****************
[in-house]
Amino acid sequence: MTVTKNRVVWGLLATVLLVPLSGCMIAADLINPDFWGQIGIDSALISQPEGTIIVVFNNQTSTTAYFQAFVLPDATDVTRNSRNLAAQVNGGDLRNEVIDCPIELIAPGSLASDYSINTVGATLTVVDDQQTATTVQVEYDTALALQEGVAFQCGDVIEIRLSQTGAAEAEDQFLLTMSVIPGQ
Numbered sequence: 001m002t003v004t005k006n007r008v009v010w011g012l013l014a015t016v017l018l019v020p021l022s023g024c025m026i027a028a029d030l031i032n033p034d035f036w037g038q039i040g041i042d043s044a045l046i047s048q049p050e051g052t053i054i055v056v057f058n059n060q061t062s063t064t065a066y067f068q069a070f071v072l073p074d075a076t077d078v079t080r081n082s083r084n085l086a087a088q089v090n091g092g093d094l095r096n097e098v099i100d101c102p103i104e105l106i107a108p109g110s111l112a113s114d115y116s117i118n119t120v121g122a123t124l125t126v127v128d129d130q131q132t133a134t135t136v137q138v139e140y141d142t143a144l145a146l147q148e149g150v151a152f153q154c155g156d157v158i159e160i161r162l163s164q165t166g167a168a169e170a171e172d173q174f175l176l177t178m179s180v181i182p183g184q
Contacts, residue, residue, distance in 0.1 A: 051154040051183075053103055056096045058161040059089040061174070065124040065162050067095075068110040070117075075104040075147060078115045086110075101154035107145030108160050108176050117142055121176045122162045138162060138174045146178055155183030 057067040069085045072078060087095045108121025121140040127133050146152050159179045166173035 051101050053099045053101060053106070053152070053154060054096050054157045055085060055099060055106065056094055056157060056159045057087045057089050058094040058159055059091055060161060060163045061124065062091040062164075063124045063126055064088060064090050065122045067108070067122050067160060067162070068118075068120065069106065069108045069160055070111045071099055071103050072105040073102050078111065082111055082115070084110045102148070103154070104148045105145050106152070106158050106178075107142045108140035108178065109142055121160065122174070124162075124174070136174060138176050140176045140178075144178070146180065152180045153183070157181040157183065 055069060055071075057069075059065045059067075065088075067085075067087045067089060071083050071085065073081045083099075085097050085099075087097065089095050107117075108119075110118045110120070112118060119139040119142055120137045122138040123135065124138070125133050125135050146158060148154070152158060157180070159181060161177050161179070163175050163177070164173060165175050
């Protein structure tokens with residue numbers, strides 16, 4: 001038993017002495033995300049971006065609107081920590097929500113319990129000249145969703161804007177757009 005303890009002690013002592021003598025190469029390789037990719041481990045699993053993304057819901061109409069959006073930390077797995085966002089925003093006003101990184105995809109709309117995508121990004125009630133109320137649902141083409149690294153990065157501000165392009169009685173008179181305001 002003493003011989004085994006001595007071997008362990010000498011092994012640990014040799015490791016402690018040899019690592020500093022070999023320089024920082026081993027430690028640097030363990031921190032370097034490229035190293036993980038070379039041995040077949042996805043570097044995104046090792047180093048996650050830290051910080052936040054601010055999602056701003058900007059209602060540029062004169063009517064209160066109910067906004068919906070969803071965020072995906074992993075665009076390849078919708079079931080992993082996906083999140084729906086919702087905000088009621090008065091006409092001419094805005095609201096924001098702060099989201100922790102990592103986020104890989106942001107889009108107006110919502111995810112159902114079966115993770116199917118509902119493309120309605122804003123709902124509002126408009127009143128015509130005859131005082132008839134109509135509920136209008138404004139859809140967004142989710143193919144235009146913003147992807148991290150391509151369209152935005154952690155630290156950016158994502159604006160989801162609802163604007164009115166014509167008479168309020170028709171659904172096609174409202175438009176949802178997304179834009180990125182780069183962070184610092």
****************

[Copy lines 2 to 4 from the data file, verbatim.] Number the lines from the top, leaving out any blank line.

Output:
Amino acid sequence: MTVTKNRVVWGLLATVLLVPLSGCMIAADLINPDFWGQIGIDSALISQPEGTIIVVFNNQTSTTAYFQAFVLPDATDVTRNSRNLAAQVNGGDLRNEVIDCPIELIAPGSLASDYSINTVGATLTVVDDQQTATTVQVEYDTALALQEGVAFQCGDVIEIRLSQTGAAEAEDQFLLTMSVIPGQ
Numbered sequence: 001m002t003v004t005k006n007r008v009v010w011g012l013l014a015t016v017l018l019v020p021l022s023g024c025m026i027a028a029d030l031i032n033p034d035f036w037g038q039i040g041i042d043s044a045l046i047s048q049p050e051g052t053i054i055v056v057f058n059n060q061t062s063t064t065a066y067f068q069a070f071v072l073p074d075a076t077d078v079t080r081n082s083r084n085l086a087a088q089v090n091g092g093d094l095r096n097e098v099i100d101c102p103i104e105l106i107a108p109g110s111l112a113s114d115y116s117i118n119t120v121g122a123t124l125t126v127v128d129d130q131q132t133a134t135t136v137q138v139e140y141d142t143a144l145a146l147q148e149g150v151a152f153q154c155g156d157v158i159e160i161r162l163s164q165t166g167a168a169e170a171e172d173q174f175l176l177t178m179s180v181i182p183g184q
Contacts, residue, residue, distance in 0.1 A: 051154040051183075053103055056096045058161040059089040061174070065124040065162050067095075068110040070117075075104040075147060078115045086110075101154035107145030108160050108176050117142055121176045122162045138162060138174045146178055155183030 057067040069085045072078060087095045108121025121140040127133050146152050159179045166173035 051101050053099045053101060053106070053152070053154060054096050054157045055085060055099060055106065056094055056157060056159045057087045057089050058094040058159055059091055060161060060163045061124065062091040062164075063124045063126055064088060064090050065122045067108070067122050067160060067162070068118075068120065069106065069108045069160055070111045071099055071103050072105040073102050078111065082111055082115070084110045102148070103154070104148045105145050106152070106158050106178075107142045108140035108178065109142055121160065122174070124162075124174070136174060138176050140176045140178075144178070146180065152180045153183070157181040157183065 055069060055071075057069075059065045059067075065088075067085075067087045067089060071083050071085065073081045083099075085097050085099075087097065089095050107117075108119075110118045110120070112118060119139040119142055120137045122138040123135065124138070125133050125135050146158060148154070152158060157180070159181060161177050161179070163175050163177070164173060165175050